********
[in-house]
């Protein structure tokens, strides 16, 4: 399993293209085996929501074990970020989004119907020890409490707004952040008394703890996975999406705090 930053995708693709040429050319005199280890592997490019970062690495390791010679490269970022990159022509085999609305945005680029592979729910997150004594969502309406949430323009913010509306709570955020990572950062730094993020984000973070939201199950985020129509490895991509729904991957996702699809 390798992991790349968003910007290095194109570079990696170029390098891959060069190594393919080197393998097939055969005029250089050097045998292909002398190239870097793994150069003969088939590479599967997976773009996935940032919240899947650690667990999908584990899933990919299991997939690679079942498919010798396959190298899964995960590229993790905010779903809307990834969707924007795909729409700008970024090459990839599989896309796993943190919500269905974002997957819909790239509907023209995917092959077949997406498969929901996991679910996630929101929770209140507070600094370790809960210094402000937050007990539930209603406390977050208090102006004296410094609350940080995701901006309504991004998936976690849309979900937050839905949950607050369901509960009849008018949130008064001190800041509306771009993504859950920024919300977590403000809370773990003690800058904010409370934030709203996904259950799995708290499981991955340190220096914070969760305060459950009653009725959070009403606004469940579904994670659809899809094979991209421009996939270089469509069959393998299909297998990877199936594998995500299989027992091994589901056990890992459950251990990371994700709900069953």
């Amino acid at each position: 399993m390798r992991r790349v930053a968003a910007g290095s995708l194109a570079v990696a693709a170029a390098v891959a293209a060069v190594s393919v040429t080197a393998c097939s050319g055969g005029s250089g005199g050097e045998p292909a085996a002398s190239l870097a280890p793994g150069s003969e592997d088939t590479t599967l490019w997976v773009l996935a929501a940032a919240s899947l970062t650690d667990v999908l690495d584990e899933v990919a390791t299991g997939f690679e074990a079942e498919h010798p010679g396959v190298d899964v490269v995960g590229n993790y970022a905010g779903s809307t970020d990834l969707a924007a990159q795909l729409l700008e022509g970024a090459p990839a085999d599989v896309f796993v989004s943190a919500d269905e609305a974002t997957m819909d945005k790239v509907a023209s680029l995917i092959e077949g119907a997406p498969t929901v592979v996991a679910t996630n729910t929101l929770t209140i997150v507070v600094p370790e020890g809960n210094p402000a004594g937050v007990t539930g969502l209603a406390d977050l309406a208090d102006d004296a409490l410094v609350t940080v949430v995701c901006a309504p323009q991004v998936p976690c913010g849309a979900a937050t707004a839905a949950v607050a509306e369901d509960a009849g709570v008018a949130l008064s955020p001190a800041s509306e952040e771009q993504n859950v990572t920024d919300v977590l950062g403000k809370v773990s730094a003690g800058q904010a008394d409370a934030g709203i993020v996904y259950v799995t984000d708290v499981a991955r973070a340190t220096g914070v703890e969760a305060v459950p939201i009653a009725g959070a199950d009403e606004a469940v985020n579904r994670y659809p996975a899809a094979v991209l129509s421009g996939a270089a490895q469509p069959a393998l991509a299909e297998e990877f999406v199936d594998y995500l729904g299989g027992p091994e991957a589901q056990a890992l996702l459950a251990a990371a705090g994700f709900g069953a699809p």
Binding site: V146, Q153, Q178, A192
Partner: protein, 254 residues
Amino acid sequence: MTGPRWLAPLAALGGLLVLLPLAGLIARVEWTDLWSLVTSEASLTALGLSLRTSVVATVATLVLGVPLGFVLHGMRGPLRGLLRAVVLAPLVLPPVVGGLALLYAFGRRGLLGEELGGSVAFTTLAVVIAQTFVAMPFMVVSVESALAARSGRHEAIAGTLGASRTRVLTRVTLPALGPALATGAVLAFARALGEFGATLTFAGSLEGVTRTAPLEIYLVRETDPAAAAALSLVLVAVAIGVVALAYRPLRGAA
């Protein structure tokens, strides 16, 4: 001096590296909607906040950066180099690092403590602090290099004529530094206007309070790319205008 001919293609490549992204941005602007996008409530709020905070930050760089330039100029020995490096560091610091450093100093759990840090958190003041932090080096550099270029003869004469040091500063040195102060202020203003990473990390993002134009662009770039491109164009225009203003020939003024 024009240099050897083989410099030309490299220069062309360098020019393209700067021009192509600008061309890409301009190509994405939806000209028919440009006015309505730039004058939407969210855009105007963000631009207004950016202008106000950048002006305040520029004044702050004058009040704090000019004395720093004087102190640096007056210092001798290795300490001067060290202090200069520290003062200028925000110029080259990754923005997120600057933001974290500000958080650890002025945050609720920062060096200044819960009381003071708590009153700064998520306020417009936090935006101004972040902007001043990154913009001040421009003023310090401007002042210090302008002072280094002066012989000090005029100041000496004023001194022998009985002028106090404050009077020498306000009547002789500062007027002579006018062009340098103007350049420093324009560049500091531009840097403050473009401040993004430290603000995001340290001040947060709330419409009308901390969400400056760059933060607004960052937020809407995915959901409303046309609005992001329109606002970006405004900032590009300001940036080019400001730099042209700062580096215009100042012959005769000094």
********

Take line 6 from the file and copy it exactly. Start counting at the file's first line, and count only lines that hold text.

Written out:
Amino acid sequence: MTGPRWLAPLAALGGLLVLLPLAGLIARVEWTDLWSLVTSEASLTALGLSLRTSVVATVATLVLGVPLGFVLHGMRGPLRGLLRAVVLAPLVLPPVVGGLALLYAFGRRGLLGEELGGSVAFTTLAVVIAQTFVAMPFMVVSVESALAARSGRHEAIAGTLGASRTRVLTRVTLPALGPALATGAVLAFARALGEFGATLTFAGSLEGVTRTAPLEIYLVRETDPAAAAALSLVLVAVAIGVVALAYRPLRGAA